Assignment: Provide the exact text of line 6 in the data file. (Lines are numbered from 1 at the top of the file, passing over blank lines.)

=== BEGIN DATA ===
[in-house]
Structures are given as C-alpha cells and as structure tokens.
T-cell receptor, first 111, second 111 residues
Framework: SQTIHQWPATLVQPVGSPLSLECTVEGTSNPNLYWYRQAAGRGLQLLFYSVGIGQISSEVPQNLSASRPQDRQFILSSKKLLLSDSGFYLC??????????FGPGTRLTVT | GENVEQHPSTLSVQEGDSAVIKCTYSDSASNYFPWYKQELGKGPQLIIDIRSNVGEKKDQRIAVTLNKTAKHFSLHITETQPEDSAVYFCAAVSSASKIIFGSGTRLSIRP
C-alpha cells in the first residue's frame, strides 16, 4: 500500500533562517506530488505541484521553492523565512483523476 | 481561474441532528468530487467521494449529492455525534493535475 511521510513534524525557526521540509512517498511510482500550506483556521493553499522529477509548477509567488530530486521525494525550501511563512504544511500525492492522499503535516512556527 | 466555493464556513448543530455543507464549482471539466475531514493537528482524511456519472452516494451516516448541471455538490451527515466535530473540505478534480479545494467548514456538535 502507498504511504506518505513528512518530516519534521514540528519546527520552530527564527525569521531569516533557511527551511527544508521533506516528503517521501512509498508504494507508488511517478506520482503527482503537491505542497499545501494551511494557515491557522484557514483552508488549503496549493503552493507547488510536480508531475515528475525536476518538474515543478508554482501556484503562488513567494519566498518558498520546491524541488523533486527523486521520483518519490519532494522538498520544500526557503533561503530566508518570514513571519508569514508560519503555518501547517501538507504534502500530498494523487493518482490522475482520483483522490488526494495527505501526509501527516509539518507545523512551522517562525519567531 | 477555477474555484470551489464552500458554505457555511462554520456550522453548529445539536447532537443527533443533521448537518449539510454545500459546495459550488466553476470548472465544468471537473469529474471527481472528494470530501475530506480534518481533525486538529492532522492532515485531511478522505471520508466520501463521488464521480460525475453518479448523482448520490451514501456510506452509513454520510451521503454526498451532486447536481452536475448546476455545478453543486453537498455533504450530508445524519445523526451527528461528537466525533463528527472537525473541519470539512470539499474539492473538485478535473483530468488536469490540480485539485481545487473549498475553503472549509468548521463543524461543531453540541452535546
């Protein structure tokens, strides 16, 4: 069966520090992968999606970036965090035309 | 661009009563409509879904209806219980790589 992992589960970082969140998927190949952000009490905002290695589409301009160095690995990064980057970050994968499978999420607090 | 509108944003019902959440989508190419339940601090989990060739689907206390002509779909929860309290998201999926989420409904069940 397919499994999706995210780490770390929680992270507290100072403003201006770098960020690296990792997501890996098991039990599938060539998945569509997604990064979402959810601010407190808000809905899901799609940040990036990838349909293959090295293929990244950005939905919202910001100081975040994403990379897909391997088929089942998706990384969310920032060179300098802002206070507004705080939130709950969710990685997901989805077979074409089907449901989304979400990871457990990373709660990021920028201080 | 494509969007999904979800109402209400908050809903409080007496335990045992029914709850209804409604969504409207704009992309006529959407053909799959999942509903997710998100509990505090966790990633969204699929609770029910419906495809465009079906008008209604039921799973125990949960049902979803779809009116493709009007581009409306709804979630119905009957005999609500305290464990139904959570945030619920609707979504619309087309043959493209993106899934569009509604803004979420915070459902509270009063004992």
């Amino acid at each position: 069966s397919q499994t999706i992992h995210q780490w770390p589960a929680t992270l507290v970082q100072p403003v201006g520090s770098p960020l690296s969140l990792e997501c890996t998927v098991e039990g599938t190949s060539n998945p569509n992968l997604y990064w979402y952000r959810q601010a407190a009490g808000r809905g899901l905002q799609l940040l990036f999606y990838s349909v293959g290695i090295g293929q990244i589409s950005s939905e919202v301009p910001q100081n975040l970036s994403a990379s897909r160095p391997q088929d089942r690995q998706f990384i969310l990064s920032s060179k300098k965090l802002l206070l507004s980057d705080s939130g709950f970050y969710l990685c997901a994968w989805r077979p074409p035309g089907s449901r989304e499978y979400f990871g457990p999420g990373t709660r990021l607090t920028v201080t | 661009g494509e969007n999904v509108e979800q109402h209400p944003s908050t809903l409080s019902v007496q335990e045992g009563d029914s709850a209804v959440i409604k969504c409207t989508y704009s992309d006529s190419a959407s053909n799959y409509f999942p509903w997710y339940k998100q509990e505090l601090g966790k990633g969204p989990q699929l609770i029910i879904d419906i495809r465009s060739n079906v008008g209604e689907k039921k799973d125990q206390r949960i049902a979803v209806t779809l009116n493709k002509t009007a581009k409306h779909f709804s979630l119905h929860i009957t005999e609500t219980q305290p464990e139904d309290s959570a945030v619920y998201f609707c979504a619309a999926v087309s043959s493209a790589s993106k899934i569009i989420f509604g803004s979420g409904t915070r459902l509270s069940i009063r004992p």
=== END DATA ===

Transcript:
């Protein structure tokens, strides 16, 4: 069966520090992968999606970036965090035309 | 661009009563409509879904209806219980790589 992992589960970082969140998927190949952000009490905002290695589409301009160095690995990064980057970050994968499978999420607090 | 509108944003019902959440989508190419339940601090989990060739689907206390002509779909929860309290998201999926989420409904069940 397919499994999706995210780490770390929680992270507290100072403003201006770098960020690296990792997501890996098991039990599938060539998945569509997604990064979402959810601010407190808000809905899901799609940040990036990838349909293959090295293929990244950005939905919202910001100081975040994403990379897909391997088929089942998706990384969310920032060179300098802002206070507004705080939130709950969710990685997901989805077979074409089907449901989304979400990871457990990373709660990021920028201080 | 494509969007999904979800109402209400908050809903409080007496335990045992029914709850209804409604969504409207704009992309006529959407053909799959999942509903997710998100509990505090966790990633969204699929609770029910419906495809465009079906008008209604039921799973125990949960049902979803779809009116493709009007581009409306709804979630119905009957005999609500305290464990139904959570945030619920609707979504619309087309043959493209993106899934569009509604803004979420915070459902509270009063004992």